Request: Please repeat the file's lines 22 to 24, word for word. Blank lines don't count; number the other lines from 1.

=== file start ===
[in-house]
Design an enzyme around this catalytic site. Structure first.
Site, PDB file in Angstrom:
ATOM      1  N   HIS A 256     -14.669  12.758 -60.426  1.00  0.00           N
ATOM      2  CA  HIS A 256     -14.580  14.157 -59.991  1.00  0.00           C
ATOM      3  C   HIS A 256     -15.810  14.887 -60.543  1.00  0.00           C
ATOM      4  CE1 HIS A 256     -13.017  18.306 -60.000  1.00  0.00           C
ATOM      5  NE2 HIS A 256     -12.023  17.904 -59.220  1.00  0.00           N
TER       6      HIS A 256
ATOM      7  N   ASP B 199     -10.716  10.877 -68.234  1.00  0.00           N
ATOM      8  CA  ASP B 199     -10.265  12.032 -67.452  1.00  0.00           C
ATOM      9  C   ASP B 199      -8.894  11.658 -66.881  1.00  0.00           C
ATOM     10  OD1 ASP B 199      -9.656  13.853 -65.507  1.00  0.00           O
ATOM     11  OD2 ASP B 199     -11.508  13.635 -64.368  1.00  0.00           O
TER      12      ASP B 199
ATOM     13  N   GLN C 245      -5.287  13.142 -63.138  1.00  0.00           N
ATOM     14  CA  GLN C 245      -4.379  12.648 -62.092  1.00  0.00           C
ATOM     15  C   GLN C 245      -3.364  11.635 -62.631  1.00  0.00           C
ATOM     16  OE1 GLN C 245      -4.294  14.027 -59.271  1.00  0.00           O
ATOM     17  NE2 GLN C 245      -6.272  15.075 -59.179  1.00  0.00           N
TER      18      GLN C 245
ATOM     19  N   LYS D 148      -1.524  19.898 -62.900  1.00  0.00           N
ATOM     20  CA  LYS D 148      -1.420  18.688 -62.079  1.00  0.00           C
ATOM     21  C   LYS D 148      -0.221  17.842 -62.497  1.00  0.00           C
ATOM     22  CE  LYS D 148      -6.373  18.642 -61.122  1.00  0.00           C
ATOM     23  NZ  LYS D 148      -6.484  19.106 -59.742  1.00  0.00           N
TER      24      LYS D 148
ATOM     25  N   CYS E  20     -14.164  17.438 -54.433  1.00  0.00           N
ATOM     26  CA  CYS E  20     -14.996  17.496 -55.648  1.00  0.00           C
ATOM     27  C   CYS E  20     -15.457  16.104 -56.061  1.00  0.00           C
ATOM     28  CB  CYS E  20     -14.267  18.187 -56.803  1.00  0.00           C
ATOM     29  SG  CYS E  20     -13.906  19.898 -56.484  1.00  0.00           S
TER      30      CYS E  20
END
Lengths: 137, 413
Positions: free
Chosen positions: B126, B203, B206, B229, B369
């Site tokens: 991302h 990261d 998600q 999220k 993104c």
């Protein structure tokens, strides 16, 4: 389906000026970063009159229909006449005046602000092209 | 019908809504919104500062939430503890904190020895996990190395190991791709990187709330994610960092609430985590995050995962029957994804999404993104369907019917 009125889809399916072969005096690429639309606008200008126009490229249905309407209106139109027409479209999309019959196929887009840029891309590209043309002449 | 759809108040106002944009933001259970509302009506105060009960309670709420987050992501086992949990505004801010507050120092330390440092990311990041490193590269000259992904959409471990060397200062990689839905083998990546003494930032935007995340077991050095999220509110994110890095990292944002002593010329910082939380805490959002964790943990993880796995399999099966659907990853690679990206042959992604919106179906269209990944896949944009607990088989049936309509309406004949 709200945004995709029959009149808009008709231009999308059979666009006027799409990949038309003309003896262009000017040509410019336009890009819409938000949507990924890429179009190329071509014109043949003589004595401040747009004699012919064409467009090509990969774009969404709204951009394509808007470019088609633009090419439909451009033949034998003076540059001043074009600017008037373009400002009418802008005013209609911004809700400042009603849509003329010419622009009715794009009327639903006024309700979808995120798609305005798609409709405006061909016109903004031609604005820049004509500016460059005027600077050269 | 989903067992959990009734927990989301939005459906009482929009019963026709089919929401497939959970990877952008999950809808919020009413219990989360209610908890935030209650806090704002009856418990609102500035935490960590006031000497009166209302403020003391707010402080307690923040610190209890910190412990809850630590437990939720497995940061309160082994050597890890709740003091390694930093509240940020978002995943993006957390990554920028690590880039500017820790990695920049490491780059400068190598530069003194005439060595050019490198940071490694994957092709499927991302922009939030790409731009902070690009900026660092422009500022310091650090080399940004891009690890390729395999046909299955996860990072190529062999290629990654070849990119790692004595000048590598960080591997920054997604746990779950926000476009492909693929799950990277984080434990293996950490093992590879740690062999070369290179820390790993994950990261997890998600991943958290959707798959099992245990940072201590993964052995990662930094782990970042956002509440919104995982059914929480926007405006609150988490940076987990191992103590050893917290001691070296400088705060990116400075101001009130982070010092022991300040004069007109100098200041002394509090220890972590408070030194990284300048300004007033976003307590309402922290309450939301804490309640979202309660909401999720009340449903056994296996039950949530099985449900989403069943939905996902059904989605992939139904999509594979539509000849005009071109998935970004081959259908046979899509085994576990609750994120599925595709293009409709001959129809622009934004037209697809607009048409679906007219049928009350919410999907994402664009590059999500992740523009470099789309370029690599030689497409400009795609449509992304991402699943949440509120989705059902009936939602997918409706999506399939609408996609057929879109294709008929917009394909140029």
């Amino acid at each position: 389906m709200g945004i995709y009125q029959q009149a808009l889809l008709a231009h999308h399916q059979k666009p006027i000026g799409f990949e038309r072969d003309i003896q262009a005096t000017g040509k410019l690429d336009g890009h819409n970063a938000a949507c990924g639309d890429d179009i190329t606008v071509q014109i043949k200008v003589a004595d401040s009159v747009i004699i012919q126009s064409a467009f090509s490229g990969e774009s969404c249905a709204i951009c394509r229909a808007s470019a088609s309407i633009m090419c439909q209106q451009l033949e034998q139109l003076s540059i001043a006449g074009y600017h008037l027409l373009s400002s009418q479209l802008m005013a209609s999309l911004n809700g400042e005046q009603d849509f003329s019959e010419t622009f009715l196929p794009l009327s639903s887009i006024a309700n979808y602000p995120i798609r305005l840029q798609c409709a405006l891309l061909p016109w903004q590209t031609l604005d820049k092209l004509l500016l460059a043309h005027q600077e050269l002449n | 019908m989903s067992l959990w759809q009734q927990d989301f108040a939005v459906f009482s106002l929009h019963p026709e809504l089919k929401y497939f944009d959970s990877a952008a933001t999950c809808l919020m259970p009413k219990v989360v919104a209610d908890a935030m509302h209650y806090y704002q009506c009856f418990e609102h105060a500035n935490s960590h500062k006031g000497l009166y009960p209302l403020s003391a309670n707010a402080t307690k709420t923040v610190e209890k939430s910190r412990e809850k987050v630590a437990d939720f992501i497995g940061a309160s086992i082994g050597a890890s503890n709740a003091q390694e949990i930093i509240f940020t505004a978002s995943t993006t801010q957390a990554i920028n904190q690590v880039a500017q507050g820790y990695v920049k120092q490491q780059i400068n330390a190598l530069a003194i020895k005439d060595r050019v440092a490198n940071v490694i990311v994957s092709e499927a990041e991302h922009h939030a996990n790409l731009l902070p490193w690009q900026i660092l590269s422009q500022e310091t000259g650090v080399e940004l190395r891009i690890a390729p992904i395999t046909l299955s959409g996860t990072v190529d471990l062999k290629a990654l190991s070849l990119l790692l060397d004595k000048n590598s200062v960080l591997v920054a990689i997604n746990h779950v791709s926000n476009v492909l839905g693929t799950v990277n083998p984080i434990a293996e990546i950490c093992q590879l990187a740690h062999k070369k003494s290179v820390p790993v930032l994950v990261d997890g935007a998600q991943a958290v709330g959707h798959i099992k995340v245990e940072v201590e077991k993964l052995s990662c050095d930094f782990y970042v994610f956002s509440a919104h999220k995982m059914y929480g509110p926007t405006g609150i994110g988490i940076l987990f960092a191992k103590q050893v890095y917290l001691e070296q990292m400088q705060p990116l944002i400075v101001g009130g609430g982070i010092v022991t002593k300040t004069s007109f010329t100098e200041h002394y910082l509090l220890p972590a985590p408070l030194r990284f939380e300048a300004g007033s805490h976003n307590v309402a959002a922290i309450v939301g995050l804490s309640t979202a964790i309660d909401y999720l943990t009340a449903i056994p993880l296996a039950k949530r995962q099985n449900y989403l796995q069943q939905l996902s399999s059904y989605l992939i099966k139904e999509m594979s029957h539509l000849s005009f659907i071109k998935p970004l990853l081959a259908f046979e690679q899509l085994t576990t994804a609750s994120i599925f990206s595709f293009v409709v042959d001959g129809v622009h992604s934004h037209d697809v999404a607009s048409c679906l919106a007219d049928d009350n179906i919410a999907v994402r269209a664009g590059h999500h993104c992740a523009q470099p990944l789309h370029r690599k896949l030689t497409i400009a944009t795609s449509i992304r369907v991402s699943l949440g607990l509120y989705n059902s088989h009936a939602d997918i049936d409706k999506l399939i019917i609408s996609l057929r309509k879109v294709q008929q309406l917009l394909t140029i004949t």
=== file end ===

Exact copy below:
ATOM     19  N   LYS D 148      -1.524  19.898 -62.900  1.00  0.00           N
ATOM     20  CA  LYS D 148      -1.420  18.688 -62.079  1.00  0.00           C
ATOM     21  C   LYS D 148      -0.221  17.842 -62.497  1.00  0.00           C